Skip to content


  • by

In 2017, Squishface Studio put out a call for stories for the second issue of their Squishzine Brunstown comic, with the inner city-suburb of Brunswick (home of Squishface) as the unifying theme. The comic was made possible thanks to a grant from the Moreton City Council, crowdfunding on Pozible, the tireless efforts of Risograph printer Sam T. Emery (Tree Paper Comics) the organisation of Jess ‘Kitty’ Parker and Ben ‘Hutcho’ Hutchings, and of course the good people of Squishface Studio who submitted pages.

I put up my hand to submit a 2-page story, and bounced around some ideas for a while before deciding to do something that would both force me to draw realistic buildings (a weakness of mine) and somehow incorporate a cat. The cat thing was inspired by fellow Squishfacer Alex E. Clark’s Cats of Brunswick and of course my own fondness for felines. I wrote about the initial stages of drafting here, feeling conflicted at the time with my choice to draw directly over imported photos, something which I’ve since then come to peace with. I now use extensive photo reference for buildings and props, which is rife among digital artists and a useful tool when used and not abused. So I’ll launch from there. After the copied/referenced buildings were digitally drafted and organised into their panel layouts, a faint blue line copy is made which I print onto nice drawing paper.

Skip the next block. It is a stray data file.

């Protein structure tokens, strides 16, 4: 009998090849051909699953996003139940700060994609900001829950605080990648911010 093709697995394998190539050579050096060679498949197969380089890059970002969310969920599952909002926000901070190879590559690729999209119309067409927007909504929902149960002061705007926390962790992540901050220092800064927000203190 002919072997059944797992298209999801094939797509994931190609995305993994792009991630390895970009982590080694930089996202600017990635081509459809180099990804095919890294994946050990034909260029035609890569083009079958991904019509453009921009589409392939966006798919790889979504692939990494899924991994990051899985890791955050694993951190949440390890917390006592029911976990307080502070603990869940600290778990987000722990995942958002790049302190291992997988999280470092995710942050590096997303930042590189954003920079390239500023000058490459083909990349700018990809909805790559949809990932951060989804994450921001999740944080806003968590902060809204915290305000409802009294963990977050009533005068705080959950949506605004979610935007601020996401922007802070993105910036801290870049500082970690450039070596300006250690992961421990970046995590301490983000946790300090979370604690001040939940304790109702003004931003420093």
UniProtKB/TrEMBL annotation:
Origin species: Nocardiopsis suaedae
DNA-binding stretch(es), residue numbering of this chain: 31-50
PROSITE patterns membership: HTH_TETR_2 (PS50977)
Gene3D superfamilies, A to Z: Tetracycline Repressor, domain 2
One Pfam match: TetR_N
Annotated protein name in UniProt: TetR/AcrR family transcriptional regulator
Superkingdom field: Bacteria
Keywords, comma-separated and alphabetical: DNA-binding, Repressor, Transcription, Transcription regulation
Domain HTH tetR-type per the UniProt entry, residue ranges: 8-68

Knowing ahead of time that the comic would be Riso-printed I had to keep in mind that there would be two ‘plates’ or layers needed for print. I decided to keep things as simple as possible, being my first foray into prepping images for Riso, and decided that one of the layers would be designated for the line work.

For the second page I knew I wasn’t yet sure how I wanted to finish, so I left a bit of space at the end to figure out later.

I knew I wanted this to be set at night, and I looked at a bunch of reference images to try to capture the feeling of an urban landscape by night. This was probably the most enjoyable part of the process, and I ended up adding so many layers of ink washes that the scans needed a bunch of digital editing where the paper had buckled.

The next step was combining the separate scans in Photoshop, and from there it’s all digital. The process is time intensive and would be much more straight-forward if I’d kept the workflow entirely digital from start to finish. It’s a sacrifice that I’m willing to make in order to keep at least part of my process on paper; the enjoyment I get from using ink washes, and the result, is worth the extra time and steps.

By this stage, I was ready to incorporate the story, which was tragically inspired by the passing of a good friend and beautiful person, taken too soon by an aggressive form of cancer. I envisioned a part of her still with us in the form of a cat’s dreams. The text for this went through a number of iterations as I struggled to find the words to pay tribute to her unique nature and wonderful sense of play.

Click here for the finished version and Risograph prints